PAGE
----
A tiki revival is in full swing, polynesian-themed bars make a comeback

The “tiki revival” is in full swing across the country as new Polynesian-themed bars and restaurants are opening in nearly all major metro areas.  
This is exciting news for fans of tiki drinks that until recently had limited access to the classic rum cocktails outside of their home bars.  These new establishments are introducing a new generation to the classic tiki drinks, and all signs point to success as we take an early look at mixology trends in 2019.  
The Mai Tai, Zombie, and Navy Grog are all back with a vengeance.  There is one drink, however, that is overlooked on most tiki bar menus, the delightfully complex minty sweet Missionary's Downfall.
You have likely heard the stories of “lost recipes” for classic cocktails, and the Missionary's Downfall fits the bill.  Originally crafted in 1937 the drink was the subject of fierce debate in the mixology community as a generation of bartenders attempted to recreate this complex classic.  
Once upon a time, the classic tiki drinks were closely guarded secrets.  So secret that in some cases the rums were pre-blended prior to preparing the drink as to hide the proportions and types of rum used from the bartenders.  Donn Beach and Trader Vic's legendary recipes were valuable trade secrets and known to very, very few bartenders within their respective organizations.  
So how is it that in 2019 the classics are all a quick online search away?
Over the last three decades, tiki archaeologist Jeff Berry and others like him have tracked down former employees of these legendary establishments and managed to get ahold of some recipe books, handwritten notes on napkins, etc.  
Perhaps the greatest breakthrough in the modern era of tiki is the discovery of Hank Riddle's notebook.
What's in Hank Riddle's notebook? Everything that we, the tikiphiles ever wanted to know.  Hank was the head bartender at several Don The Beachcomber's restaurants from the 1940s to the 1980s and if anyone would know how to make the classic Missionary's Downfall, he would.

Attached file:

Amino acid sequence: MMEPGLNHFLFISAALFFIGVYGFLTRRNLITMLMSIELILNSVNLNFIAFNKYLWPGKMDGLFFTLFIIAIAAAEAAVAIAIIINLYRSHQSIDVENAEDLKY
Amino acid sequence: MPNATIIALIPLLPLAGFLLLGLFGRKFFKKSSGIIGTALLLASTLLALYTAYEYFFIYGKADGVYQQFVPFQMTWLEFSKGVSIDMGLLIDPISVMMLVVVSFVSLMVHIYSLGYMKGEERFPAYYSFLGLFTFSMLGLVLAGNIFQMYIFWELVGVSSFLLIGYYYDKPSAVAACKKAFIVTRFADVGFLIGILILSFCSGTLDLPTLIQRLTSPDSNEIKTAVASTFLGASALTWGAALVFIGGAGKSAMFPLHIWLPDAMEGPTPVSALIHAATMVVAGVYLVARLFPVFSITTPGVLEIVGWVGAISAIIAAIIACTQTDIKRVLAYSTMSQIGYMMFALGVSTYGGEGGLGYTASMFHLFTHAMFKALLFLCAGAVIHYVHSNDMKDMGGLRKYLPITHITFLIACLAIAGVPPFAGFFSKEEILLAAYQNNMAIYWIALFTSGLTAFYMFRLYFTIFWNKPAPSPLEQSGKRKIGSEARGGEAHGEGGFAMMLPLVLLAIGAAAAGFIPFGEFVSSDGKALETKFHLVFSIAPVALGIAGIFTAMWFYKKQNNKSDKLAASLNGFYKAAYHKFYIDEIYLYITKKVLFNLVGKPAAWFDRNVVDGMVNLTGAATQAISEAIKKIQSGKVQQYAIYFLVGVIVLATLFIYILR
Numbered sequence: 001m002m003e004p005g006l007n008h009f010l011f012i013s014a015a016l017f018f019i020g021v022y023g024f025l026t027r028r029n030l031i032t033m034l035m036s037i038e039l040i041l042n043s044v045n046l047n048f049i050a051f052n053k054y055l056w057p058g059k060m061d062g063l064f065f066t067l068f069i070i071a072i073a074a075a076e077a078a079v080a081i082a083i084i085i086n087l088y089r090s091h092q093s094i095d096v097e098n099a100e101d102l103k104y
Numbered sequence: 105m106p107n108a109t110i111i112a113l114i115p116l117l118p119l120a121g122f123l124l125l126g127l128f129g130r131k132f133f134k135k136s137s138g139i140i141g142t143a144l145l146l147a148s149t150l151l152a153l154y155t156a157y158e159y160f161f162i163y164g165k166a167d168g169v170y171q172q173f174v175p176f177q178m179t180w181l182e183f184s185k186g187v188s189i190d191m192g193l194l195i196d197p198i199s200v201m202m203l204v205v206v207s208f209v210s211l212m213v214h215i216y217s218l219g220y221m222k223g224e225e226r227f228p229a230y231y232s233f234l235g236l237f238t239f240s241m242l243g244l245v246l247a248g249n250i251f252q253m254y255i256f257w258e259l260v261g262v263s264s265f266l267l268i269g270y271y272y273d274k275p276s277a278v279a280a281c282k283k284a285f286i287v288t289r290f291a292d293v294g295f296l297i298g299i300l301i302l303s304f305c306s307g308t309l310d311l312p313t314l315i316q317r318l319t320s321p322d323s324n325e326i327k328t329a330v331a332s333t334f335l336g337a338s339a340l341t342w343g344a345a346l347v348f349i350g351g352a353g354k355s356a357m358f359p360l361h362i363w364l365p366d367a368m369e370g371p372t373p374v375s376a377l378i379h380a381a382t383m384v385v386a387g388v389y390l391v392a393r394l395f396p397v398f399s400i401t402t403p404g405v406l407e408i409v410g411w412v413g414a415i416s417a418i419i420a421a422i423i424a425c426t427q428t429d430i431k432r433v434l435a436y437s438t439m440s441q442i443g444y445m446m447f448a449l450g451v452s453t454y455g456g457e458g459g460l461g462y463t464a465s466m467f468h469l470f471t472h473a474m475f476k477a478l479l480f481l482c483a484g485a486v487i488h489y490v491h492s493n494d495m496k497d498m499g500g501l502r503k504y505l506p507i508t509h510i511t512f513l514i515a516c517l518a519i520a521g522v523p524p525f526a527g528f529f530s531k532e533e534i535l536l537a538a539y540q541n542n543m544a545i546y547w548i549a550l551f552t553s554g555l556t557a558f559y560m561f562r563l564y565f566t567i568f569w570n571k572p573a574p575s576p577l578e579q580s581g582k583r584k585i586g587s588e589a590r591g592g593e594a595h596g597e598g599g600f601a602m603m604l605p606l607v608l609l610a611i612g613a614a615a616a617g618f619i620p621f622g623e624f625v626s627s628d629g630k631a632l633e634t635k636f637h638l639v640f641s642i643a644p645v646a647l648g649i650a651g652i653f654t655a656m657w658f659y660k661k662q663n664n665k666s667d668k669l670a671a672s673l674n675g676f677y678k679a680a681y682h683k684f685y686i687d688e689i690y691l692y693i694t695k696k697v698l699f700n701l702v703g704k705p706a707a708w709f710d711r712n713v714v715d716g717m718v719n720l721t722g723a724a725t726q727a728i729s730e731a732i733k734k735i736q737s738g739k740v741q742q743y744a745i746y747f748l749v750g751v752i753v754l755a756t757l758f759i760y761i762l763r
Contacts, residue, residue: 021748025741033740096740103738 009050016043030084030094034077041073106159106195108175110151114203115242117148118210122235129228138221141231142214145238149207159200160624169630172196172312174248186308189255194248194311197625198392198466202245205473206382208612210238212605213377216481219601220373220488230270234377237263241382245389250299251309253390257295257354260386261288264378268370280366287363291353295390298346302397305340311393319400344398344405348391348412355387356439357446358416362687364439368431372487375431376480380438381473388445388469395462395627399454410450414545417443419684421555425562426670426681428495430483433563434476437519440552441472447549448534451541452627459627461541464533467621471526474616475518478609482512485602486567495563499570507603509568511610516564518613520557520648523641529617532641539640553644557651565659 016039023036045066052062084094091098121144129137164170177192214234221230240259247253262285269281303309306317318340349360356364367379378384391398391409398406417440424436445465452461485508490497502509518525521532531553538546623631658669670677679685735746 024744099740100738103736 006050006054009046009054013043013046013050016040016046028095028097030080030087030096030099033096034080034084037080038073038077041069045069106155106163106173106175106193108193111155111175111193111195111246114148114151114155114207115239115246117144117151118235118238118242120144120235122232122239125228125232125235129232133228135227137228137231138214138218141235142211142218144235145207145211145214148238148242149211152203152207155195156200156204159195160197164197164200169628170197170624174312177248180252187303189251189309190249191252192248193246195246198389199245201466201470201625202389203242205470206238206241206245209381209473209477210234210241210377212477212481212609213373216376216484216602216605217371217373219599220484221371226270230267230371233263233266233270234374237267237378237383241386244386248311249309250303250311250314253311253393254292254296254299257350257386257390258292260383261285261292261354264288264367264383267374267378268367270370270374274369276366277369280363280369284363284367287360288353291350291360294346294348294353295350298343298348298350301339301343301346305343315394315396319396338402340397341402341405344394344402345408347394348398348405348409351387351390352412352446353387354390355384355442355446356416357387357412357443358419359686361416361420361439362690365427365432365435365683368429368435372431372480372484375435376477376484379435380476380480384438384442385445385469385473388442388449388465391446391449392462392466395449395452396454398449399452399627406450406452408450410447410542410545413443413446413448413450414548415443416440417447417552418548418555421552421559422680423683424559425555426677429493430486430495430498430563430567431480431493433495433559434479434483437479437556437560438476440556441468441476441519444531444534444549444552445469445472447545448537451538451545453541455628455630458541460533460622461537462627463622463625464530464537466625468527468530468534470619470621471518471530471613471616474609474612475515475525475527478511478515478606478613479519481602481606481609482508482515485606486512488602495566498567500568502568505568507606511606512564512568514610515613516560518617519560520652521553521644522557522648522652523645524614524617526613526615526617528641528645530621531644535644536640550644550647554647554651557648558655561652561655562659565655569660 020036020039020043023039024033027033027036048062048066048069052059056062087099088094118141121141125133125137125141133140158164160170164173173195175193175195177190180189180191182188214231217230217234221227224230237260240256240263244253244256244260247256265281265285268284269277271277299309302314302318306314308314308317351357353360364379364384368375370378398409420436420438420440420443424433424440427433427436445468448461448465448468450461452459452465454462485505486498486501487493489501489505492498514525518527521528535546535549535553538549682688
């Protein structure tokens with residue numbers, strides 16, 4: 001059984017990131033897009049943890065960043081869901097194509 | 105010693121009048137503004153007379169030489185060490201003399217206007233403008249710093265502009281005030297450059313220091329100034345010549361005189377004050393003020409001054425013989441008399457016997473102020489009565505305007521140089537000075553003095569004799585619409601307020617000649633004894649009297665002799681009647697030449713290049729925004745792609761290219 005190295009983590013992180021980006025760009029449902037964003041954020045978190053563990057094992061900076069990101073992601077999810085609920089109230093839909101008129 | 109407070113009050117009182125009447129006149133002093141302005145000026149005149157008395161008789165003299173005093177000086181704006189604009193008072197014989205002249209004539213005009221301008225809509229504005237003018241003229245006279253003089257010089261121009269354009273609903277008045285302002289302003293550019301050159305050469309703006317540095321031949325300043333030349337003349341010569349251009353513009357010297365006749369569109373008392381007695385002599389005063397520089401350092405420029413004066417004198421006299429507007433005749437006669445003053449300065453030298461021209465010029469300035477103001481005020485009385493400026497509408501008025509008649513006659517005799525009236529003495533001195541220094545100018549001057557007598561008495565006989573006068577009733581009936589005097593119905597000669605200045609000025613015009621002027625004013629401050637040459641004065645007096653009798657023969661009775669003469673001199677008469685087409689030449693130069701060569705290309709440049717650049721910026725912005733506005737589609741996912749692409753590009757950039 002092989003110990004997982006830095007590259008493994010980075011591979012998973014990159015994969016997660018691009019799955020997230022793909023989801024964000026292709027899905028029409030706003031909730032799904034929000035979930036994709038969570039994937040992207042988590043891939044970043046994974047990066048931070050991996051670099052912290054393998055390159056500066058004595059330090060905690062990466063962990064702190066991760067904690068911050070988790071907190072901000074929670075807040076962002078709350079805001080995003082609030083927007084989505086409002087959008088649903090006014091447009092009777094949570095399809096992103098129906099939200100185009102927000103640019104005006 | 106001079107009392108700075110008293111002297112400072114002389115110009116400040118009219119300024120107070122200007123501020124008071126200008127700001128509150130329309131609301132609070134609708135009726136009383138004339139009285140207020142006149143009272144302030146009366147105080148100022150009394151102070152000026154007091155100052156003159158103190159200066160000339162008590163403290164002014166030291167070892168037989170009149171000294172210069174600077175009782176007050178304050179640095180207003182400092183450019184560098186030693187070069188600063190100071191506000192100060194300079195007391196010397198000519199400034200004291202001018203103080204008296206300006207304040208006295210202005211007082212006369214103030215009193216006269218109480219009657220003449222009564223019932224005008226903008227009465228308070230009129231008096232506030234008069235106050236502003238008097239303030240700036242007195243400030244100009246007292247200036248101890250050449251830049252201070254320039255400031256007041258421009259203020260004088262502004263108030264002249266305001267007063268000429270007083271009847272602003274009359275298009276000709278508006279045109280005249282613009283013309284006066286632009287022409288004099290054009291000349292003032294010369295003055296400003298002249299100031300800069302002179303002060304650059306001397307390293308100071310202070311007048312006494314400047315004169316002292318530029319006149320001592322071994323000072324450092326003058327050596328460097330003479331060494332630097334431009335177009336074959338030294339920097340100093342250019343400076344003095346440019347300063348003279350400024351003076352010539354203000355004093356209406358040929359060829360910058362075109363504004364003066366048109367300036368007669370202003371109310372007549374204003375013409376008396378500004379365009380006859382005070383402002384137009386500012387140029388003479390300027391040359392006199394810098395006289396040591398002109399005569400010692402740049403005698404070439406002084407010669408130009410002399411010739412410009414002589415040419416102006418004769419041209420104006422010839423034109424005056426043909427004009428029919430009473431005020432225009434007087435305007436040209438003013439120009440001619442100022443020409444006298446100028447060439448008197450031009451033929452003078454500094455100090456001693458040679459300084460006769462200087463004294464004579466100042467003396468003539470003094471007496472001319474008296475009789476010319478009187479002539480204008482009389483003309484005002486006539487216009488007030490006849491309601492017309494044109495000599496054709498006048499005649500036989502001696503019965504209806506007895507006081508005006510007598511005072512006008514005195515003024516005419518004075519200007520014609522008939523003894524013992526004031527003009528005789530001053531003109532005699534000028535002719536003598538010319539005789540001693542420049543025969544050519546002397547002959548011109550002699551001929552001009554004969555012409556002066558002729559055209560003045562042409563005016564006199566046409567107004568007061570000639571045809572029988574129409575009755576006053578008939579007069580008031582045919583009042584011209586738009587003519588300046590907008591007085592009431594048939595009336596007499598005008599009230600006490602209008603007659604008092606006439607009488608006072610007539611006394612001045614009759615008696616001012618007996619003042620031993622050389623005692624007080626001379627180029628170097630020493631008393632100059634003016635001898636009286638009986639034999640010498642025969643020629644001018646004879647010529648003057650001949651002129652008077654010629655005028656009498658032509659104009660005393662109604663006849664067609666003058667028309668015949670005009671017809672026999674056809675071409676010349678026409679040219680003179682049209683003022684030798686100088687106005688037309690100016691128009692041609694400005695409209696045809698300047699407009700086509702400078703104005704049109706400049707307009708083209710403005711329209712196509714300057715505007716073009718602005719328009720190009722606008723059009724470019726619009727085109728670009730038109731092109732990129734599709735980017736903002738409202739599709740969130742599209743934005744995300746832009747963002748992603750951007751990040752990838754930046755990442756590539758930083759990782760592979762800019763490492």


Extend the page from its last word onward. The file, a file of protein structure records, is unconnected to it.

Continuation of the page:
It wasn't actually Hank who gave up the goods, it was Hank's family that worked with Jeff Berry to bring these classic recipes out of the shadows after Hank's death.  This ended many arguments, and perhaps started a few now ones around how to “properly” prepare the classics.
The long and short of it is that over time Don The Beachcomber's ceased operations and Trader Vic's has only two remaining US locations, Emeryville and Atlanta.  As operations ceased and the information age began, the closely guarded secrets became less secretive.  
This doesn't mean that one is obligated to prepare a Mai Tai or Zombie the “proper” way, it merely means that we know how the drinks were meant to be served.  I'm hoping that the Missionary's Downfall begins to appear on more menus as the tiki revival sweeps the nation.
The Missionary's Downfall is part Mojito, part Daiquiri, and part something else with notes of peach and honey to complement the mint.  
Though there were some similarities between Donn Beach and Trader Vic in the recipe department, Donn's recipes are typically more complex than Vic's.  This is a complex cocktail that is absolutely worth the effort.
Light rum, pineapple juice, fresh mint and lime are standard tiki ingredients.  Honey and peach brandy are not.  
Let's start with the peach brandy.  You may be limited to only one peach brandy option at your local spirits retailer, but if possible pick up a bottle of Bol's or Marie Brizard.  Both are inexpensive, but mix well in tropical drinks.  
The honey flavor in the Missionary's Downfall comes from honey syrup as opposed to raw honey.  
Honey syrup is basically a simple syrup using equal parts clover honey and water.  Combine equal parts honey and hot water, stir until honey is dissolved.  You will end up with a great syrup for mixing that will keep in the refrigerator for a few weeks.
For the light rum component I prefer Flor de Cana, Cruzan, or Mount Gay.  The modern Bacardi light rum is a bit rough for this drink.  
Don't be shy with the mint, remember that there are five other ingredients to tame the mint in this drink.
Always use crushed ice in your blender.  You will achieve an even, smooth consistency free of large chunks of ice.  
This drink is very much on the smooth side in sharp contrast to most tiki drinks.  Give this one a try, it's unlike anything else in the world of mixology.
The Missionary's Downfall is built in a blender and served in a large goblet-style glass, or two chilled cocktail glasses.
Combine in blender:
• 1/2 oz. fresh lime juice
• 1/2 oz. peach brandy
• 1 oz. honey syrup (recipe above)
• 1 oz. light rum
• 1/4 cup diced fresh pineapple
• 1/4 cup fresh mint leaves, tightly packed
• 3/4 cup crushed ice
• Blend on high speed for 20 seconds, pour into glasses
• Garnish with mint sprig
Until next week, enjoy responsibly.